JOHNSON: I would take a slightly different tact. I think our biggest threat comes -- we've got so many different agencies and organizations of well meaning people, but the way to share the information between them sometimes gets bogged down in bureaucracy. I think once we can start breaking those walls down, people are going to feel a little more certain and confident that the government -- look, the government is not sitting here right now like a sleepy Maytag repairman.

They are out there. They are alert and we need to harness all of those capabilities together, because from the first responders up through the federal level, you've got a lot of very good hardworking, well intentioned folks.

KING: Let's take a call. Saint Augustine, Florida, hello.

CALLER: My question was, we heard these anthrax spores were found in a newspaper printing office in Florida. What are odds that these kind of spores could now be being printed along with our issue of "The National Inquirer," and distributed?

KING: Colonel Larsen, could someone tomorrow buy a paper and pick up anthrax?

LARSEN: No that is not a problem. The Army has done a tremendous amount of research on what he is talking about. There is a technical term called secondary aerosolization. And it is just not a highly likely thing. The simple forms of anthrax which we would expect an organization like Osama bin Laden to have would be a liquid slurry which is very difficult to dispense.

It is like (UNINTELLIGIBLE) tried and failed, frankly. And they had a billion dollars or whatever. Ok, a dry powder, which is something you expect to maybe get some from a former Soviet program or whatever, but that is still can't be put into newspapers or like that. It has to be sprayed in the air and you breathe it in.

KING: Prior Lake, Minnesota, hello -- hello?

CALLER: Hello.

KING: Go ahead. Turn your TV down and go.

CALLER: OK, I had a question regarding the crop duster.

KING: Yes.

CALLER: The crop dusters, when they fly, if these guys were going to take the crop dusters, what do you think they would have put in there?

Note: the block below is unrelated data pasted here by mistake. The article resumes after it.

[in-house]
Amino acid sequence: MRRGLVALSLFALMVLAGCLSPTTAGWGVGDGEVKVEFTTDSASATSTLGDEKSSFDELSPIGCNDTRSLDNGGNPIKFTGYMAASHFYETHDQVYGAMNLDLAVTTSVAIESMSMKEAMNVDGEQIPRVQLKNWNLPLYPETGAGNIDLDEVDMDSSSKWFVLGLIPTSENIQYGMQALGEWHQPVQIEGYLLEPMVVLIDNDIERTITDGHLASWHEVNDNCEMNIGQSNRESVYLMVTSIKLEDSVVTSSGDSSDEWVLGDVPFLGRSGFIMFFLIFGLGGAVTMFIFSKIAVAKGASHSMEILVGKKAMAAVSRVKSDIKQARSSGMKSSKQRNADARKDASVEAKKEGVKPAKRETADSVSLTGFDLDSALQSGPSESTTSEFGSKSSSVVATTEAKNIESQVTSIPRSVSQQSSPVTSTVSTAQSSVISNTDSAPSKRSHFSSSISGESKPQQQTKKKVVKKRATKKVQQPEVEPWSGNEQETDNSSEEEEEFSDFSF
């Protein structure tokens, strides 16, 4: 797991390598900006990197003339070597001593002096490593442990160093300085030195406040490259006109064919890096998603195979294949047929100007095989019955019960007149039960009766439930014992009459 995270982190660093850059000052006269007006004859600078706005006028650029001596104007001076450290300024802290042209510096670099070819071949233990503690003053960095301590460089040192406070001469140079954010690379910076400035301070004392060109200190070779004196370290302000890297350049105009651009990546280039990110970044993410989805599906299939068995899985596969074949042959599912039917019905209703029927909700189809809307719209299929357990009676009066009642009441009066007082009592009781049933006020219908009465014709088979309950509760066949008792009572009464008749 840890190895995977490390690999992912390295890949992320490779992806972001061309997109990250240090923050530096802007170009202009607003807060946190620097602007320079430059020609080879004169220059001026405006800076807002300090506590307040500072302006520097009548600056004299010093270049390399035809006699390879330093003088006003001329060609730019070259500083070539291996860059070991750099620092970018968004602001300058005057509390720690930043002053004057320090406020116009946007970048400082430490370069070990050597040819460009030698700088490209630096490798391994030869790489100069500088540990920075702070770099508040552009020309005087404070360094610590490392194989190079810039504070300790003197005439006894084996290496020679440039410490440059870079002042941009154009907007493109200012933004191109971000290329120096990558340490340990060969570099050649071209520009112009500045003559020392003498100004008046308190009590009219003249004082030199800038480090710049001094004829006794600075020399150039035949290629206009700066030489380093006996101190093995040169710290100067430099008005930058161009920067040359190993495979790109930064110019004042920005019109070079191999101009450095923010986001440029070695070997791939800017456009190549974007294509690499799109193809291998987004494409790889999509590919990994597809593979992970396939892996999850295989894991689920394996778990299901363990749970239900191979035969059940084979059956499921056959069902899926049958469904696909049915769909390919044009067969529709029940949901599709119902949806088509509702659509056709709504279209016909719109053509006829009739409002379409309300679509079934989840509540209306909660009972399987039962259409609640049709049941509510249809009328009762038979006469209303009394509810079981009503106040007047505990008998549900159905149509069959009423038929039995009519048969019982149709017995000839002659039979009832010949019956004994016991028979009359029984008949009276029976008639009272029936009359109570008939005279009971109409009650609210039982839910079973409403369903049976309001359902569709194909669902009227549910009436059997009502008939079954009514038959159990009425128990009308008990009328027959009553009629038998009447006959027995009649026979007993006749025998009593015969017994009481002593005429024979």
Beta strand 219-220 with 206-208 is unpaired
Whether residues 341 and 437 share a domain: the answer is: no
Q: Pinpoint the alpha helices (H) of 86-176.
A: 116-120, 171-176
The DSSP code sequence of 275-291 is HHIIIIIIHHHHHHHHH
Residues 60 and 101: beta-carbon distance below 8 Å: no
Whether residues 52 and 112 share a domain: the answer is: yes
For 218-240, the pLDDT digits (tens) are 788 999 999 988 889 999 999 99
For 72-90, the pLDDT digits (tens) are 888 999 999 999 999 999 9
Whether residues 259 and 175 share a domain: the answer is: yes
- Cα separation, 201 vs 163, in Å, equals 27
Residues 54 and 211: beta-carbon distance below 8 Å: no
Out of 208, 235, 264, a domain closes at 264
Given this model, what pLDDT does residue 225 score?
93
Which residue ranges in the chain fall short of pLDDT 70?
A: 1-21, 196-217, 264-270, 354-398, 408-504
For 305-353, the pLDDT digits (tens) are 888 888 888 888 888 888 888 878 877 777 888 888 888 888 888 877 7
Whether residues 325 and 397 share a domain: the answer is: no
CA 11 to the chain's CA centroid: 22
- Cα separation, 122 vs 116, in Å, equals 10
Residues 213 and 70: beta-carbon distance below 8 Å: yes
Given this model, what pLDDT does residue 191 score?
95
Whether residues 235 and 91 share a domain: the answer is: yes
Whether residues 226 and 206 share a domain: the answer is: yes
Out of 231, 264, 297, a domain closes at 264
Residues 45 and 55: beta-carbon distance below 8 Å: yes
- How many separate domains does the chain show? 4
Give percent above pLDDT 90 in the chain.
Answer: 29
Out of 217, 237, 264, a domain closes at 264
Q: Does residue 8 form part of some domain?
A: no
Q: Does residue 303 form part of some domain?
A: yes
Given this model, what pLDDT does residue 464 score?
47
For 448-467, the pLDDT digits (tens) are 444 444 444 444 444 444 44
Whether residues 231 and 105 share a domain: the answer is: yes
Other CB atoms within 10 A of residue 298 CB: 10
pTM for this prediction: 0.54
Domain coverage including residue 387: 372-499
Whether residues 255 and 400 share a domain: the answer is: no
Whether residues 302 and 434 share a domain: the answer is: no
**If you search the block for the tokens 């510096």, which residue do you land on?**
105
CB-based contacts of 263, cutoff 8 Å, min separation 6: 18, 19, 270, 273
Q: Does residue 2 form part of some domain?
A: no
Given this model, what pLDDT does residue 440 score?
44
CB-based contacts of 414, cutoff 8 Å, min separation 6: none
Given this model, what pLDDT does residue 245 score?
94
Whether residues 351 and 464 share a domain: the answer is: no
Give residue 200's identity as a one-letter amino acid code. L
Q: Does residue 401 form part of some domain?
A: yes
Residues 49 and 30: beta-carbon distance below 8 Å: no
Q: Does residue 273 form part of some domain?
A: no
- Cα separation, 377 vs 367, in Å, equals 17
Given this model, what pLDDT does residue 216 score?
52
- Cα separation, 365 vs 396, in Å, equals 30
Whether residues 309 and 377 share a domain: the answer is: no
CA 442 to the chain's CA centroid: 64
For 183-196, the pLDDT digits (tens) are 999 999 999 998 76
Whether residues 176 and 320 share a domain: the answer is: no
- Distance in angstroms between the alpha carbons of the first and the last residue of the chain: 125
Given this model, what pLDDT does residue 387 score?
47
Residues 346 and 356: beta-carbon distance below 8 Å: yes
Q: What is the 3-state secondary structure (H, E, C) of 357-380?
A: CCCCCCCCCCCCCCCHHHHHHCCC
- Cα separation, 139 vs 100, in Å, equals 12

KING: Larry?

JOHNSON: I would just be -- it would it be just a wild guess. I would go more for a chemical than a biological agent. Chlorine is more readily accessible and can be just as damaging as a chemical agent, but I think people need -- it is understandable that you fear the unknown, and it is natural.

But, we need to take big deep breath a step back, because the federal government, and state and local governments are paying attention to this now and we don't have to worry so much in a heightened state of vigilance. I'm concerned when 10 months and a year and a half from now when nothing is happening and we say, no threats, let's forget about it. Then we have to worry.

LARSEN: I agree with that, Larry.

KING: Do you? good. Well said. St. Catherines, Ontario, hello.

CALLER: Hello there. I'm just wondering, the Taliban are known for their illicit drug trade and the government regulating. I am just wondering whether they can put biological weapons in the drug trade for people to inhale and use.

LARSEN: I don't think that is a very likely scenario at all about putting it in the drug trade. I haven't heard of that, haven't thought about a way you would do that to have an effective delivery system.

KING: Larry, are we overblowing this? Is the media giving it too much attention?

JOHNSON: Well, I think -- listen, if you can identify, there has been one person that has died from anthrax. I would like to know the number of people that have died from asthma attacks and heart attacks brought on by the media reports. Candidly, I being it is important that the media report it and report it accurately and as you are doing tonight, you are having a very balanced discussion hearing from a lot of voices.

But we shouldn't make people think that it is the boogyman that is going to jump up and get them. There are enough other things in the world be afraid about without going overboard.

KING: Tifton, Georgia, Hello.

CALLER: Larry, my question is how long will the spores live and can they be removed from building?

KING: Colonel.

LARSEN: That is one of the problems. When the British tested anthrax weapons back in 1942, it took them about 40 years to clean up that island called Gruenard (ph), off the coast of Scotland. That is why anthrax is considered one of the most biological weapons mother nature produced because that is the one that is very durable.

KING: Colonel Larsen and Larry Johnson, thank you very much. We will call on both of you again. Very informative portion. As we go to break, before we tonight meet Senator Richard Shelby and Congresswoman Jane Harmon, still to come, Walter Cronkite and Bob Woodward, here is a portion of what Tom Ridge had to say today at his swearing in.